Grammar and Language Learning: Do We Need to Study Grammar?

Now we get to talk about everybody’s favorite (not) subject: grammar! For many a would-be language learner, grammar has been the one thing that has absolutely paralyzed them. Do you remember your high school days when you were forced to take Spanish, French, or German? I remember taking three years of Spanish in high school. And guess what? After three years, I couldn’t say a thing in Spanish, and I certainly couldn’t understand it if someone else spoke it.

So what was the problem?

The problem is that we focused only on grammar. If you’ve had a similar experience, then there’s no need to fear. You don’t have to spend endless hours pouring over conjugation tables, lists of irregular verbs, or the like. I’m going to show you a better way.

Grammar isn’t all it’s cracked up to be. For example, when you speak English, do you think in your head “Okay, now I’m using a plural noun, so I have to make sure the verb agrees with that. Oh, and I’m using the subjunctive mood, so I must use ‘were’ instead of ‘was,’ etc, etc.” NO! You just speak naturally and fluently without thinking about it too much.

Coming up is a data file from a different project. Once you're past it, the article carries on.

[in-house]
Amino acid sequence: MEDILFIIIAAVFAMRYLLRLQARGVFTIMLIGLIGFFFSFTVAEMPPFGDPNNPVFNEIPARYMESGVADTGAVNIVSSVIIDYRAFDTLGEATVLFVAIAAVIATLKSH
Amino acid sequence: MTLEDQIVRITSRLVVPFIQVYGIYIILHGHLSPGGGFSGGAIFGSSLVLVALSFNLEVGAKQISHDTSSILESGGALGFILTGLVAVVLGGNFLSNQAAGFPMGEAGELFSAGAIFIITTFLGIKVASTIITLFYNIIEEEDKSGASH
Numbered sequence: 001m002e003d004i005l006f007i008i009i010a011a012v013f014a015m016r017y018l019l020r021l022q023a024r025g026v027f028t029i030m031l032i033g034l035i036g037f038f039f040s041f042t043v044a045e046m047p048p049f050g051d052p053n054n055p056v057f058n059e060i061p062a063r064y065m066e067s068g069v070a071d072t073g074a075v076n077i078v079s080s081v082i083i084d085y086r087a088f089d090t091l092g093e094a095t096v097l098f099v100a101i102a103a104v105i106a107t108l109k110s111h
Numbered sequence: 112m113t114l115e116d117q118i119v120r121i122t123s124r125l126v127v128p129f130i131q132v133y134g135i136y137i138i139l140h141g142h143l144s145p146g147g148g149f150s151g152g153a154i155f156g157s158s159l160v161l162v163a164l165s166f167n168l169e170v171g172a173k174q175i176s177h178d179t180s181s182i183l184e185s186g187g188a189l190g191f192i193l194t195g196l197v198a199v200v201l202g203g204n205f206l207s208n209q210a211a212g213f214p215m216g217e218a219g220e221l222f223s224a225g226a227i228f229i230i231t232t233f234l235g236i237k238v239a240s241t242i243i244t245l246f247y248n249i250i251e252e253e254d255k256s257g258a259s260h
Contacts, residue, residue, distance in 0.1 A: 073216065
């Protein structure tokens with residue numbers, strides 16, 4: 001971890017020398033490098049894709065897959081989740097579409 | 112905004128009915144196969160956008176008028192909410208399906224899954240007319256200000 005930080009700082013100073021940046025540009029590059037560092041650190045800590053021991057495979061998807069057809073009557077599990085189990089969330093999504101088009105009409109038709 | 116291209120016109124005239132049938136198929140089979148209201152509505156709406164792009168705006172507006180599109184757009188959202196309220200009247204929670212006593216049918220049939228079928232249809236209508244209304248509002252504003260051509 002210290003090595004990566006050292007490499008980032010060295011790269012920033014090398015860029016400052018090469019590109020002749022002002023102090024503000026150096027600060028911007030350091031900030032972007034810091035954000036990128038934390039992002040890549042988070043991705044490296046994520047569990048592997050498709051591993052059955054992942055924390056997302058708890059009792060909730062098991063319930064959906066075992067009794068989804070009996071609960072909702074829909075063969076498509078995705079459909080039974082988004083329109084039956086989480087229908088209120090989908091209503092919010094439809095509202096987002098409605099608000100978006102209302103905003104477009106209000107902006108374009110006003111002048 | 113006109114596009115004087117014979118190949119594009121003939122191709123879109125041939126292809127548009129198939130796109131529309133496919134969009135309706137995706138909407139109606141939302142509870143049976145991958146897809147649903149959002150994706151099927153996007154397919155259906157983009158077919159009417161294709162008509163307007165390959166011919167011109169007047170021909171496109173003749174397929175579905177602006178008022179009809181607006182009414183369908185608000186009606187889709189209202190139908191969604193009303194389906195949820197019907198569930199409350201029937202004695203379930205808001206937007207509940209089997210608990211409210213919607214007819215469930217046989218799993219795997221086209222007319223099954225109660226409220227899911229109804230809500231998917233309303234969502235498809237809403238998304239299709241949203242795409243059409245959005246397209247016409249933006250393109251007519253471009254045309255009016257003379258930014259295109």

So what’s the use of grammar? Let’s break it down:

It can help you to learn a language quicker. This way, you can actually learn a second language faster than you did your first language. It does this by giving you hints on how to use words, what order they should be learned in, etc. For example, I could listen to a lot of Spanish and eventually figure out that the adjective must agree with the noun, or I could read a 5 second explanation.

Here’s what you don’t want to do:

Memorize a big conjugation chart. If a language has a lot of conjugations, you don’t want to spend hours memorizing it, do you? Unless you like suffering, right? Instead, find an example sentence that uses said conjugation, understand the meaning of the sentence, not necessarily how to conjugate the verb/noun, etc., and then add that to your Spaced Repetition Software, such as Anki. There, painless, wasn’t it? Seek to understand meaning, not “I have to drop the ‘s’, change the ‘y’ to ‘I’, and add ‘oasdjfsdkhfkls.'” That’s just too painful.

Eventually you will pick up the how by seeing enough examples. Also, learning from example sentences will help you to learn the exceptions, which every language has in one form or another.

The most important take away from all this is: input! If you receive lots of input from the language, eventually you’ll be able to output it correctly.

Comments are closed.